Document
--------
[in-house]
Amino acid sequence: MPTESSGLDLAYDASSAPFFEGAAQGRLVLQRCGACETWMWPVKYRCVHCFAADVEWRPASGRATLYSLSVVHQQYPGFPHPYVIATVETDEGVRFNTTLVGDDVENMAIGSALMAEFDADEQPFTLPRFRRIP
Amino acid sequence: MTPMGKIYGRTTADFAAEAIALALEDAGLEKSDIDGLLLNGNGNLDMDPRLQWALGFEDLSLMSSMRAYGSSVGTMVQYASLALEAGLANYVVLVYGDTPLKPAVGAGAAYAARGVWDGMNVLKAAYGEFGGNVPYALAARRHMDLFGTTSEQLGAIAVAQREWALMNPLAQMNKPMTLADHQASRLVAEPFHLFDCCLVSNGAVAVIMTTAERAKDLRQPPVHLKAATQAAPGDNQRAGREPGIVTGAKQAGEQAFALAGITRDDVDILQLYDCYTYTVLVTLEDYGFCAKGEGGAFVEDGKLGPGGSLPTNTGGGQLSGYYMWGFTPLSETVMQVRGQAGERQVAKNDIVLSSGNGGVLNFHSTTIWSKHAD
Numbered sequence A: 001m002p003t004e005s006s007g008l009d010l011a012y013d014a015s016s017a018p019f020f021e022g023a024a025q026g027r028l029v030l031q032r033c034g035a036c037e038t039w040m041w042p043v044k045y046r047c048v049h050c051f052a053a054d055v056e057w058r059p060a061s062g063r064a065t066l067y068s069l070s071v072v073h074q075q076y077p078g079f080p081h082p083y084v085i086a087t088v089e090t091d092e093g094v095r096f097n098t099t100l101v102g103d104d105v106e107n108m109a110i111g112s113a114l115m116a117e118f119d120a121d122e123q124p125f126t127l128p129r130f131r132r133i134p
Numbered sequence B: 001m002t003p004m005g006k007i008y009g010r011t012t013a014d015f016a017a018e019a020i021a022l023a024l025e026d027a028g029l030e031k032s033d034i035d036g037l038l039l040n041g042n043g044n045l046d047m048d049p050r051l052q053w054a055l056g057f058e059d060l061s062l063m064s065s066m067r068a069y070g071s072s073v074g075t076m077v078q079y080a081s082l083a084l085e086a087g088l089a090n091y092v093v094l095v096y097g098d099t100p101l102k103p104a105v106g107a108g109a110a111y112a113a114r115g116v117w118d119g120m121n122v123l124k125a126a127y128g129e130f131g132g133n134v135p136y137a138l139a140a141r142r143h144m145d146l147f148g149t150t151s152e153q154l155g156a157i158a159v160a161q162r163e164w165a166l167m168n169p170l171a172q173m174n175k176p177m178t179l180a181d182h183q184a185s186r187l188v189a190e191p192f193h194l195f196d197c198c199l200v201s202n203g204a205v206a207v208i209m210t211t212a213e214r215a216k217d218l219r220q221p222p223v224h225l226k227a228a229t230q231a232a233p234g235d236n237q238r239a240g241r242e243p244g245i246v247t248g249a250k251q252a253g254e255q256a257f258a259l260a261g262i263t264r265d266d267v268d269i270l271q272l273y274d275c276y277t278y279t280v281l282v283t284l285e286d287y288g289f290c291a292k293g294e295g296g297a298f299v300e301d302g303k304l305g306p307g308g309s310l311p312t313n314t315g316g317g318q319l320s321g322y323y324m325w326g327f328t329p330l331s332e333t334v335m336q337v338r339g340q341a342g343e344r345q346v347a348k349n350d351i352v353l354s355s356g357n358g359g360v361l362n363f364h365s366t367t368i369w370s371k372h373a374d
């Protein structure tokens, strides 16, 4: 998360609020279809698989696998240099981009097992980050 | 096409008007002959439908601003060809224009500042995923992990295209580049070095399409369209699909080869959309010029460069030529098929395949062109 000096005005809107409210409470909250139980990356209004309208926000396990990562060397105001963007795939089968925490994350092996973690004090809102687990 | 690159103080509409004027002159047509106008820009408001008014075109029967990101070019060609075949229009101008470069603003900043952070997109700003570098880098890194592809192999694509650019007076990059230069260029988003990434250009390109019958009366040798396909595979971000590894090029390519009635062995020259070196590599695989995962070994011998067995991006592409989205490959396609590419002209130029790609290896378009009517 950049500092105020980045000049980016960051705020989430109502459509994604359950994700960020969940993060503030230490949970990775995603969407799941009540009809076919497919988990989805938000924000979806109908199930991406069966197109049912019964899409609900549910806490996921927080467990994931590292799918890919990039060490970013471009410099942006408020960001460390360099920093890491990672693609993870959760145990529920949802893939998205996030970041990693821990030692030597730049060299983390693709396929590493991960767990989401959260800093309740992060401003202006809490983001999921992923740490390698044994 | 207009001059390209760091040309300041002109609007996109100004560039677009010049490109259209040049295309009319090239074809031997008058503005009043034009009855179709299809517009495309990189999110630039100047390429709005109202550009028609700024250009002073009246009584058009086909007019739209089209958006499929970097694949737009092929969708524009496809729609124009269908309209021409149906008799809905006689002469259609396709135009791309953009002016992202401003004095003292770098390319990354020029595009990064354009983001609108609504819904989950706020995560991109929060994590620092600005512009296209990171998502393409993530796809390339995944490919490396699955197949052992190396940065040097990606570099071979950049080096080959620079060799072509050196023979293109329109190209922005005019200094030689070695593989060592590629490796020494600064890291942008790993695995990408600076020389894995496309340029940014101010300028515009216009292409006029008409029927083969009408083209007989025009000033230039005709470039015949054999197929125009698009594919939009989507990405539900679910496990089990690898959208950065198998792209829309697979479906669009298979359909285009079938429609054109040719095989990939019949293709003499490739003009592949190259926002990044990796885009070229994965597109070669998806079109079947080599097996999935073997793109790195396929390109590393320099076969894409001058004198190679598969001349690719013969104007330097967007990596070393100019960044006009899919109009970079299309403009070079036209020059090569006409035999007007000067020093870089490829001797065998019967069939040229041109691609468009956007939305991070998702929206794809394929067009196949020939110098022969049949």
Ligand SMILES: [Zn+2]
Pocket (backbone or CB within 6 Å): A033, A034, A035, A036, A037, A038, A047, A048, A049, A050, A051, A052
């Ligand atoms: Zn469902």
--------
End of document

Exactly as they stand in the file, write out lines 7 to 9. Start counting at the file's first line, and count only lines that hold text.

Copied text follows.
Ligand SMILES: [Zn+2]
Pocket (backbone or CB within 6 Å): A033, A034, A035, A036, A037, A038, A047, A048, A049, A050, A051, A052
């Ligand atoms: Zn469902």